Is envy a big deal?

| February 8, 2018 | 0 Comments
Envy

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Q. I’ve been told that I have a streak of envy in me, but I don’t even know what that means. Besides, there are so many worse sins than envy, so why should I even care?

A. Good question. One of the universal experiences that we all unfortunately share is envy. It is one of the most silly and pointless sins, and yet can often be devastating and seemingly impossible to overcome. I describe envy as “silly and pointless” because it doesn’t do anything. It doesn’t offer pleasure. It doesn’t even make the promise of happiness virtually every other sin does. (I mean, even a sin like gossip brings with it a little shot of self-importance and glee at sharing a secret, but there is never a moment when envy makes a person feel good.)

Yet, envy unchallenged and allowed to reign free can lead a person to interior bondage and exterior disaster. If I do not resist envy, I can easily become obsessed with my perceived lack and another’s perceived abundance, and this could lead to terrible consequences. (“Othello,” anyone?)

While there can be distinctions between the terms “jealousy” and “envy,” I will use the most simple definition that sees them as relative synonyms: “sadness or distress at another’s well-being.” When trying to describe envy to folks, I often refer to the experience “I’m sad because you are happy,” or the converse “I’m happy because you are sad.”

But what is the source of envy? One answer is Satan. The Book of Wisdom says that it was “through the envy of the devil that death entered the world, and those who belong to his company experience it” (Wis 2:24). That’s a dash of cold water, isn’t it? When you and I give in to envy, we are aligning our interior selves with the posture of the devil against God and all those whom God loves.

This is why envy is not to be taken lightly. It must be recognized and fought against with God’s grace. Considering that the current fallen state of the created world is not the result of lying, stealing or murder, but envy, that should give us at least a moment’s pause when we discover it in our lives.

Another source of envy is found in the definition offered by the Catholic Encyclopedia: “sorrow which one entertains at another’s well-being because of a view that one’s own excellence is in consequence lessened.” Note this: Envy comes from the fear that “your good means my loss.” It is the fear that another person’s excellence is a threat to my personal value.

I recently read that in Dante’s “Inferno” the author describes those who are in hell for the sin of envy as having their eyelids sown shut with metal wires. This is Dante’s incredibly poetic way of highlighting the fact that those who give in to envy are constantly looking at what others have while being perpetually blind to what they have been given.

I’m sure that we have all experienced this, or we have known someone who seemed to live like this — the kind of person with whom you never feel free to share good news or anything positive that has happened in your life because you know that they are virtually incapable of being happy at the blessings of another. Rather, all they seem to note is that you “have” and they “have not.”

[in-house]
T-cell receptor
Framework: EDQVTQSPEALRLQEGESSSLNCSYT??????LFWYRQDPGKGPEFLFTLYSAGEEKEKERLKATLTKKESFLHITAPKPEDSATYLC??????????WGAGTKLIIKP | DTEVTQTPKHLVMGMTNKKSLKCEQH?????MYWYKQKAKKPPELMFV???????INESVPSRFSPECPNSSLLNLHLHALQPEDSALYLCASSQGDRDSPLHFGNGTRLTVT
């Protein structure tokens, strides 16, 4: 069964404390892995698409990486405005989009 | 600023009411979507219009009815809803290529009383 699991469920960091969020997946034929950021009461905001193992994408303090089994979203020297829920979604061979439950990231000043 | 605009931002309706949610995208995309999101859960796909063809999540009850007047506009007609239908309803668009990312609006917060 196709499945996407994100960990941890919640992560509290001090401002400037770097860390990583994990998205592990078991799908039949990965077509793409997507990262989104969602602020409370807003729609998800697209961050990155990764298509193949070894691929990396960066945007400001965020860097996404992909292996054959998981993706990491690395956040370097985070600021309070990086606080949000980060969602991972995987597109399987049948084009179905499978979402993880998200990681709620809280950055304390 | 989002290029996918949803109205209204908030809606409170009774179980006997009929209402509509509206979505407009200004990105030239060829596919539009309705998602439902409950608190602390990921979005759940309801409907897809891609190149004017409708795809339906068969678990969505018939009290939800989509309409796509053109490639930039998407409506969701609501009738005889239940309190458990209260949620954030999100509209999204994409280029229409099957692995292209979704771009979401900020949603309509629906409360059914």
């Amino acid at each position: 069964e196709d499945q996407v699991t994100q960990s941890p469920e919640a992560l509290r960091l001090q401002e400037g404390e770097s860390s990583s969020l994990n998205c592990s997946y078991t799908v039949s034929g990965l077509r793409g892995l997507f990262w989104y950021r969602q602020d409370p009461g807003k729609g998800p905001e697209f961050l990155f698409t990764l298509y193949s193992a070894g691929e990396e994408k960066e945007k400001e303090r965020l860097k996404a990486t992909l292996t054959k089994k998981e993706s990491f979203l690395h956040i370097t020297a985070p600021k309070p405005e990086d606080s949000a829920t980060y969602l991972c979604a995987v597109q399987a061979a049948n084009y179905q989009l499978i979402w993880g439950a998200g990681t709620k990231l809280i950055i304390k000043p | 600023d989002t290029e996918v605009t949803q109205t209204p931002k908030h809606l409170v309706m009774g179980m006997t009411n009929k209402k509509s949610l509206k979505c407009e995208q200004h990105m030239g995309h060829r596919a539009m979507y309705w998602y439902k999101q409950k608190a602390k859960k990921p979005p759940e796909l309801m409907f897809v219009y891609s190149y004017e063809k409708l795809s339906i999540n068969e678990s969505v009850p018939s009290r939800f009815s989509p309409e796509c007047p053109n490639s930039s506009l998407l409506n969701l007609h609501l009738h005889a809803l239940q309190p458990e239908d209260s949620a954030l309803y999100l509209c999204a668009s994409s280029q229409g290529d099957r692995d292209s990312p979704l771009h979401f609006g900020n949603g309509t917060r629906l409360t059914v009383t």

How can we escape from envy? I mean, it isn’t enough for us to simply agree that envy is something we don’t want in our lives. There has to be a way we can be free from envy in every situation. One track that we can take is the route of gratitude. We can choose to fight against the temptation to look at what another has and compare it to what we do not have (envy), and to instead acknowledge the blessings that are currently in our own lives (gratitude).

It leads us to become more and more aware of at least two things: One’s life is filled with good things, and many of those things have been freely given by another. An attitude of abundance (rather than an attitude of scarcity or competition) can greatly enhance gratitude, and any person can do this simply by truly seeing the good things in his or her life and thanking the source of those good things.

But there is also a deeper remedy for envy. It isn’t a matter of willpower or of trying harder. It isn’t even a matter of “counting one’s blessings.” It is the remedy that would have transformed Satan’s reality: the gaze of the Father.

Envy is the result of believing that one is “not enough,” that one is “lacking,” that another’s good “steals from my goodness.” The only thing that can truly restore wholeness is not mere gratitude, but allowing oneself to be seen by the Father.

In prayer (and throughout your day) place yourself beneath God’s gaze. Allow him to declare who you are and what you are worth. When he speaks, there is no voice that can overwhelm his. When the Father defends, there is no liar who can steal or destroy. And when one is claimed by the Father and lives within his sight, there is no room for sorrow at the good of another, because all one sees is the Father’s blessings upon oneself and upon others. Everything is seen as a gift — even the gifts of others.

Father Schmitz is director of youth and young adult ministry for the Diocese of Duluth and chaplain of the Newman Center at the University of Minnesota Duluth. Reach him at fathermikeschmitz@gmail.com.

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